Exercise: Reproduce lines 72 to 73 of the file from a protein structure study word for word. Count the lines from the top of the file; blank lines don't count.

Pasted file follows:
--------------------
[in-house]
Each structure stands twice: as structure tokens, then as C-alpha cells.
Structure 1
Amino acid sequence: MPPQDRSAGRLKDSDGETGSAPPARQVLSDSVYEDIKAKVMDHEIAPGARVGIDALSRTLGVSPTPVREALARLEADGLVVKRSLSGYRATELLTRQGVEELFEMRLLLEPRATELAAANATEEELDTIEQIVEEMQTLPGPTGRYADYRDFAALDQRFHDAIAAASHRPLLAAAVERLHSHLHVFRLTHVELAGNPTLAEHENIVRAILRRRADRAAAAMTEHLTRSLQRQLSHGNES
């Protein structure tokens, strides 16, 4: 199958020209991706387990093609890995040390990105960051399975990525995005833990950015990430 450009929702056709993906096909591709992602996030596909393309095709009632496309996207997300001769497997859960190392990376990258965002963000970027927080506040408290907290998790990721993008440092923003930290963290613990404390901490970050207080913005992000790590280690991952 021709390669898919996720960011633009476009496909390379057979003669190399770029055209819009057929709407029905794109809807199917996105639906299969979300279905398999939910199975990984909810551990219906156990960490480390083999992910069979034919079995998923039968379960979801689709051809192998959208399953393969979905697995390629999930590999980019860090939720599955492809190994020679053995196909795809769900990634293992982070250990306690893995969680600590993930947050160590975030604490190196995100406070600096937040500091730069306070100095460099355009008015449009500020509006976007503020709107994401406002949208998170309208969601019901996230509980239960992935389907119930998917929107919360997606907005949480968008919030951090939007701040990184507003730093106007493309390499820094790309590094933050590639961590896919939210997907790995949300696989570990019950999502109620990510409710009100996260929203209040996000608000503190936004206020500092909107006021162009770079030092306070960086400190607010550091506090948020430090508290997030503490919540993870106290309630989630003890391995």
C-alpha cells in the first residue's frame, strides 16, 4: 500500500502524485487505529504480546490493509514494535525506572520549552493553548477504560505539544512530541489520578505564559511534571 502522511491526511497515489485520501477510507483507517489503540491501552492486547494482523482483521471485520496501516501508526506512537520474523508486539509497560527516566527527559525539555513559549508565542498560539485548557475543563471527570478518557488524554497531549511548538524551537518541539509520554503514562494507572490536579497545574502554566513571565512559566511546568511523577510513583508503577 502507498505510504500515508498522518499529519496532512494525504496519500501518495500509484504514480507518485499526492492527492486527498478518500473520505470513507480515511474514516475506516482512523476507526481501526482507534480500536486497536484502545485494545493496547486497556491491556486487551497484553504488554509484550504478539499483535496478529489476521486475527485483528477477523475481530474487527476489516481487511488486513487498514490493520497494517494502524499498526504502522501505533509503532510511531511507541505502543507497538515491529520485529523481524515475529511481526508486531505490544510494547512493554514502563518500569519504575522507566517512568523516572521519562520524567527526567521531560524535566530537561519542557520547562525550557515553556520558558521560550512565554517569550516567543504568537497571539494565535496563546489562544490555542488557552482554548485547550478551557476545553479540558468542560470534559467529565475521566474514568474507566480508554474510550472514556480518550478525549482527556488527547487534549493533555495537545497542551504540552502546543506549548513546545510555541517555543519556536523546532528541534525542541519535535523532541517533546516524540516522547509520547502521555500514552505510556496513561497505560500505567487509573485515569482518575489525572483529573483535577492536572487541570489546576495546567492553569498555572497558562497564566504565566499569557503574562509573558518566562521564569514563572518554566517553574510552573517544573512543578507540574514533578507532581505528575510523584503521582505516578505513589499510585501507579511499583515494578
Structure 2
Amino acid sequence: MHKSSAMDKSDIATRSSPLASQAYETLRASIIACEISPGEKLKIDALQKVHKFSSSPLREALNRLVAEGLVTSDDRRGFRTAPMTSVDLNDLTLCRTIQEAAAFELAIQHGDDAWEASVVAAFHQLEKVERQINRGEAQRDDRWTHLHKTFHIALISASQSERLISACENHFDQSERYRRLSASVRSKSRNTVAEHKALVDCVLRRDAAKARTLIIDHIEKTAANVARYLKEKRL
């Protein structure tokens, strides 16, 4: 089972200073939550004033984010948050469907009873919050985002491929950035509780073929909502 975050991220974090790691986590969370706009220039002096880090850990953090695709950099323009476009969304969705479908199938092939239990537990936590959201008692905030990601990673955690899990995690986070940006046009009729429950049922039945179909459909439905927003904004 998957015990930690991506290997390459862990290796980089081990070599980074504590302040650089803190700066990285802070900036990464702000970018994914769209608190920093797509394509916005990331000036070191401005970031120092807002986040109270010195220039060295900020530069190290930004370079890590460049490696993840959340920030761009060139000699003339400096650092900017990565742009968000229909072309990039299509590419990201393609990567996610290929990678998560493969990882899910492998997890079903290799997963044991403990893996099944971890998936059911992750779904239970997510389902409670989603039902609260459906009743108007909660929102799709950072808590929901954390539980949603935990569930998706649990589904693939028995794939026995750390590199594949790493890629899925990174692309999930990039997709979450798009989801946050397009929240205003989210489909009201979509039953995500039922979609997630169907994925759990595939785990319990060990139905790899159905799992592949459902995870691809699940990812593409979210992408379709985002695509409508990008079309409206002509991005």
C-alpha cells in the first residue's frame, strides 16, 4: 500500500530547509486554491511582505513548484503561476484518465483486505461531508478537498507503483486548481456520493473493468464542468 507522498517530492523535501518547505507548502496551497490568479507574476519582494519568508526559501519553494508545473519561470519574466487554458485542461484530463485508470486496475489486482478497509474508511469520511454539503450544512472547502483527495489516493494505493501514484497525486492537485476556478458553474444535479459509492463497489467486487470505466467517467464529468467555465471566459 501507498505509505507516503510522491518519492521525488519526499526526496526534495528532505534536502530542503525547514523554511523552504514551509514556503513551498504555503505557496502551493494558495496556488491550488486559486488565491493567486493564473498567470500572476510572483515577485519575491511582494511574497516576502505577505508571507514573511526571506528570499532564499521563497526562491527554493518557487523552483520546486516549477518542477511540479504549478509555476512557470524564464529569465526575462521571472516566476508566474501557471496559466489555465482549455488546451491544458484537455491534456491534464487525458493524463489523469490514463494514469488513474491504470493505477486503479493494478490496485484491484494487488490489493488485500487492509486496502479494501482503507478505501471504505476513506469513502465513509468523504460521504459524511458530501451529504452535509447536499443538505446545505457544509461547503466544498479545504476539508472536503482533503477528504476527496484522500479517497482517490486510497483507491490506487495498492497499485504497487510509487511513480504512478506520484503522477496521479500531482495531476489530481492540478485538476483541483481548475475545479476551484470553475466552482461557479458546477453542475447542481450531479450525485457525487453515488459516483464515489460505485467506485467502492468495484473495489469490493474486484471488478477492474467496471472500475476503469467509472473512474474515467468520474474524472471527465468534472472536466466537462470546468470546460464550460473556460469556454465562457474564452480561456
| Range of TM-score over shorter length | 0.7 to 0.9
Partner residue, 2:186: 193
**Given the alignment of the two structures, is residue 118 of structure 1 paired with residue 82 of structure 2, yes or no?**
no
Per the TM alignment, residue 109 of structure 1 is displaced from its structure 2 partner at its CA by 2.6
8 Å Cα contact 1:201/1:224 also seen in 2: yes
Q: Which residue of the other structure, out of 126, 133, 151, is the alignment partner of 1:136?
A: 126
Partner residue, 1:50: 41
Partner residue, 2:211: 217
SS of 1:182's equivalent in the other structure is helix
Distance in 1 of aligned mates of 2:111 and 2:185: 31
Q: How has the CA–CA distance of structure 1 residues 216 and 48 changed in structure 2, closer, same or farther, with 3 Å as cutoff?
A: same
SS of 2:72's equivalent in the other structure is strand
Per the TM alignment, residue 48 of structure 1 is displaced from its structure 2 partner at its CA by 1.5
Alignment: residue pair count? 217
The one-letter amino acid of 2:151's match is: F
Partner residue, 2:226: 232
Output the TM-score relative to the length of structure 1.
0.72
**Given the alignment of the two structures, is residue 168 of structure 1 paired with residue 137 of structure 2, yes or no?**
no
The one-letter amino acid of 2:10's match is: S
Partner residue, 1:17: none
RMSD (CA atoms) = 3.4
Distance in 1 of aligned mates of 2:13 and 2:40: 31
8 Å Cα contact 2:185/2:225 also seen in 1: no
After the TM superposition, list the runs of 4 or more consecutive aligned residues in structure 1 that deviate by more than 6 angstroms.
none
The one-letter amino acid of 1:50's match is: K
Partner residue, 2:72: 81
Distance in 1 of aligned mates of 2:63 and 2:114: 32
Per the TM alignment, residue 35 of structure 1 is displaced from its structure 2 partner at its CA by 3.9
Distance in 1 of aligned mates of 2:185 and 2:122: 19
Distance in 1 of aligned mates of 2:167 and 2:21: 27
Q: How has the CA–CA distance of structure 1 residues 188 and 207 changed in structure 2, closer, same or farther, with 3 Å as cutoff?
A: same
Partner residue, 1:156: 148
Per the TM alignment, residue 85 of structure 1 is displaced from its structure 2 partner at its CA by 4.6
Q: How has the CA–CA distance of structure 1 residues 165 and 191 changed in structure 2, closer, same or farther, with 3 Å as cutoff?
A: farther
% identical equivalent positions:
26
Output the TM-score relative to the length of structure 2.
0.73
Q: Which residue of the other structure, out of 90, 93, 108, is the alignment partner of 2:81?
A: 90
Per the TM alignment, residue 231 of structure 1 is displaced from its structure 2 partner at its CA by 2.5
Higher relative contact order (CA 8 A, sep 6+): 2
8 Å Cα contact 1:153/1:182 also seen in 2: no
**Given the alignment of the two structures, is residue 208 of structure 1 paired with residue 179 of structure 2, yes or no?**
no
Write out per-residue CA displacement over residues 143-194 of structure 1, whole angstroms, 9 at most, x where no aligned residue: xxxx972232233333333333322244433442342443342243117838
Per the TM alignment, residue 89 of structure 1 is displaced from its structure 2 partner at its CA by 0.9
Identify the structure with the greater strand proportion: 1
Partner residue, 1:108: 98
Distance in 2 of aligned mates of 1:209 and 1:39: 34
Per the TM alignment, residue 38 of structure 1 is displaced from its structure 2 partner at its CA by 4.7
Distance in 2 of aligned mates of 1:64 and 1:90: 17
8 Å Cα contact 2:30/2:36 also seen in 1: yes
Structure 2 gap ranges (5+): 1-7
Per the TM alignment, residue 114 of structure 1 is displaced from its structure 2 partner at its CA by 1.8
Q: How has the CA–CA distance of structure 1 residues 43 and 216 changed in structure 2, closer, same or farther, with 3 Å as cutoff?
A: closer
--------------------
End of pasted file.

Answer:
Structure 2 gap ranges (5+): 1-7
Per the TM alignment, residue 114 of structure 1 is displaced from its structure 2 partner at its CA by 1.8